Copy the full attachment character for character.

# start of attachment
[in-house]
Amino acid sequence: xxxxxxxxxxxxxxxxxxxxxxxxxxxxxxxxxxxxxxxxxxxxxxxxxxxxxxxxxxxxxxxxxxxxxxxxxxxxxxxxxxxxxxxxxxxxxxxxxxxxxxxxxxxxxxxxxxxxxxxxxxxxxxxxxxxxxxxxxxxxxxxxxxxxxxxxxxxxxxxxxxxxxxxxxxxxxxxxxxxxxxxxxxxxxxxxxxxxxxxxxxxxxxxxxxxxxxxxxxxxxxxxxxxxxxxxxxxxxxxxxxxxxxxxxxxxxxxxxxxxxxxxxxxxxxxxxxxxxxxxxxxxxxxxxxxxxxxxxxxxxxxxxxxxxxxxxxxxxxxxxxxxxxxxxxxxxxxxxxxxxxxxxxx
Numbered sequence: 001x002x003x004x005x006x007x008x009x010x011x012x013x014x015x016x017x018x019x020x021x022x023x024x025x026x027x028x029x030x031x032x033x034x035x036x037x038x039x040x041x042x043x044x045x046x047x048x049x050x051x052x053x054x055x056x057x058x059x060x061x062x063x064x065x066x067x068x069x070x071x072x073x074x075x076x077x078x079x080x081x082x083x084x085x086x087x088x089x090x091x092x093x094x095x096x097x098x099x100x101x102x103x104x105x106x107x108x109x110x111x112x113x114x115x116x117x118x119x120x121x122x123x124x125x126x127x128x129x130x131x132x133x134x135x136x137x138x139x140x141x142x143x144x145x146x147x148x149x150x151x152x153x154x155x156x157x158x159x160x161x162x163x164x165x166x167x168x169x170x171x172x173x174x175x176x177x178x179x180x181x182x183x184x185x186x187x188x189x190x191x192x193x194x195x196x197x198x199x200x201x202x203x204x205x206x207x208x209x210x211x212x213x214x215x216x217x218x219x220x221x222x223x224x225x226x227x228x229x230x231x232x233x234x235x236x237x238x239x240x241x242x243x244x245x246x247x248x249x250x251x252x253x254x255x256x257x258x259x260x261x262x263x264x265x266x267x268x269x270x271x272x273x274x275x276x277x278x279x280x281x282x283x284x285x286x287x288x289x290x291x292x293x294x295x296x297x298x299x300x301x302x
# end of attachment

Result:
[in-house]
Amino acid sequence: xxxxxxxxxxxxxxxxxxxxxxxxxxxxxxxxxxxxxxxxxxxxxxxxxxxxxxxxxxxxxxxxxxxxxxxxxxxxxxxxxxxxxxxxxxxxxxxxxxxxxxxxxxxxxxxxxxxxxxxxxxxxxxxxxxxxxxxxxxxxxxxxxxxxxxxxxxxxxxxxxxxxxxxxxxxxxxxxxxxxxxxxxxxxxxxxxxxxxxxxxxxxxxxxxxxxxxxxxxxxxxxxxxxxxxxxxxxxxxxxxxxxxxxxxxxxxxxxxxxxxxxxxxxxxxxxxxxxxxxxxxxxxxxxxxxxxxxxxxxxxxxxxxxxxxxxxxxxxxxxxxxxxxxxxxxxxxxxxxxxxxxxxxx
Numbered sequence: 001x002x003x004x005x006x007x008x009x010x011x012x013x014x015x016x017x018x019x020x021x022x023x024x025x026x027x028x029x030x031x032x033x034x035x036x037x038x039x040x041x042x043x044x045x046x047x048x049x050x051x052x053x054x055x056x057x058x059x060x061x062x063x064x065x066x067x068x069x070x071x072x073x074x075x076x077x078x079x080x081x082x083x084x085x086x087x088x089x090x091x092x093x094x095x096x097x098x099x100x101x102x103x104x105x106x107x108x109x110x111x112x113x114x115x116x117x118x119x120x121x122x123x124x125x126x127x128x129x130x131x132x133x134x135x136x137x138x139x140x141x142x143x144x145x146x147x148x149x150x151x152x153x154x155x156x157x158x159x160x161x162x163x164x165x166x167x168x169x170x171x172x173x174x175x176x177x178x179x180x181x182x183x184x185x186x187x188x189x190x191x192x193x194x195x196x197x198x199x200x201x202x203x204x205x206x207x208x209x210x211x212x213x214x215x216x217x218x219x220x221x222x223x224x225x226x227x228x229x230x231x232x233x234x235x236x237x238x239x240x241x242x243x244x245x246x247x248x249x250x251x252x253x254x255x256x257x258x259x260x261x262x263x264x265x266x267x268x269x270x271x272x273x274x275x276x277x278x279x280x281x282x283x284x285x286x287x288x289x290x291x292x293x294x295x296x297x298x299x300x301x302x